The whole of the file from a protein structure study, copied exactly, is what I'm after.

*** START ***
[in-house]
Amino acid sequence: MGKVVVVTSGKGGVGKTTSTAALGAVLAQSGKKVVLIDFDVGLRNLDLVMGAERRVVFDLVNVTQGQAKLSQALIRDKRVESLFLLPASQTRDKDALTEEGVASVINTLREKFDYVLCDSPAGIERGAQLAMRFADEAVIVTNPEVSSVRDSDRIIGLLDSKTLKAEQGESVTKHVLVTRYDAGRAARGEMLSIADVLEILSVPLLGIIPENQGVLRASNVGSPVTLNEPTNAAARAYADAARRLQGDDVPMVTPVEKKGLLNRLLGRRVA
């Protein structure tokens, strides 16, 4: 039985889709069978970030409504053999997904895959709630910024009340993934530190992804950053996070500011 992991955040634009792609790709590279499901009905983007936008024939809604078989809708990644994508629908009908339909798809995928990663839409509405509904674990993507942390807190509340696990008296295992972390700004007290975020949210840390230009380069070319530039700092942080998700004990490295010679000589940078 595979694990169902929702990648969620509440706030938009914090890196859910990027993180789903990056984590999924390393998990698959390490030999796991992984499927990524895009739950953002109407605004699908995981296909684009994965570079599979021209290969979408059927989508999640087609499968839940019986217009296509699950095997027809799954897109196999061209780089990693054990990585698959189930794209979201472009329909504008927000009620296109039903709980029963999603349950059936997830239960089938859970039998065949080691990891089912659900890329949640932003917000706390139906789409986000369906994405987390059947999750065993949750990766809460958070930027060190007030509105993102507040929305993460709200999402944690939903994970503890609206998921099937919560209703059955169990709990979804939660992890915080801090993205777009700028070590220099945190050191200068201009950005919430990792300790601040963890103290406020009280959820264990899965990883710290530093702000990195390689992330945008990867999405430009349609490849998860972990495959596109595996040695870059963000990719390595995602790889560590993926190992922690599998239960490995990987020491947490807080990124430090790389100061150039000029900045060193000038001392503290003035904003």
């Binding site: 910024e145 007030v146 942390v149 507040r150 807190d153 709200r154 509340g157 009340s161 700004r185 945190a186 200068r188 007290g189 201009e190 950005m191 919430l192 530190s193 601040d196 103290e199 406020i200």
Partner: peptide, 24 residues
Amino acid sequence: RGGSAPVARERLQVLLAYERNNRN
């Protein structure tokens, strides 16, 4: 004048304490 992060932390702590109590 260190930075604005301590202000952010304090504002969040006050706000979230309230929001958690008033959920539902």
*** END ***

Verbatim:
[in-house]
Amino acid sequence: MGKVVVVTSGKGGVGKTTSTAALGAVLAQSGKKVVLIDFDVGLRNLDLVMGAERRVVFDLVNVTQGQAKLSQALIRDKRVESLFLLPASQTRDKDALTEEGVASVINTLREKFDYVLCDSPAGIERGAQLAMRFADEAVIVTNPEVSSVRDSDRIIGLLDSKTLKAEQGESVTKHVLVTRYDAGRAARGEMLSIADVLEILSVPLLGIIPENQGVLRASNVGSPVTLNEPTNAAARAYADAARRLQGDDVPMVTPVEKKGLLNRLLGRRVA
């Protein structure tokens, strides 16, 4: 039985889709069978970030409504053999997904895959709630910024009340993934530190992804950053996070500011 992991955040634009792609790709590279499901009905983007936008024939809604078989809708990644994508629908009908339909798809995928990663839409509405509904674990993507942390807190509340696990008296295992972390700004007290975020949210840390230009380069070319530039700092942080998700004990490295010679000589940078 595979694990169902929702990648969620509440706030938009914090890196859910990027993180789903990056984590999924390393998990698959390490030999796991992984499927990524895009739950953002109407605004699908995981296909684009994965570079599979021209290969979408059927989508999640087609499968839940019986217009296509699950095997027809799954897109196999061209780089990693054990990585698959189930794209979201472009329909504008927000009620296109039903709980029963999603349950059936997830239960089938859970039998065949080691990891089912659900890329949640932003917000706390139906789409986000369906994405987390059947999750065993949750990766809460958070930027060190007030509105993102507040929305993460709200999402944690939903994970503890609206998921099937919560209703059955169990709990979804939660992890915080801090993205777009700028070590220099945190050191200068201009950005919430990792300790601040963890103290406020009280959820264990899965990883710290530093702000990195390689992330945008990867999405430009349609490849998860972990495959596109595996040695870059963000990719390595995602790889560590993926190992922690599998239960490995990987020491947490807080990124430090790389100061150039000029900045060193000038001392503290003035904003």
């Binding site: 910024e145 007030v146 942390v149 507040r150 807190d153 709200r154 509340g157 009340s161 700004r185 945190a186 200068r188 007290g189 201009e190 950005m191 919430l192 530190s193 601040d196 103290e199 406020i200």
Partner: peptide, 24 residues
Amino acid sequence: RGGSAPVARERLQVLLAYERNNRN
């Protein structure tokens, strides 16, 4: 004048304490 992060932390702590109590 260190930075604005301590202000952010304090504002969040006050706000979230309230929001958690008033959920539902």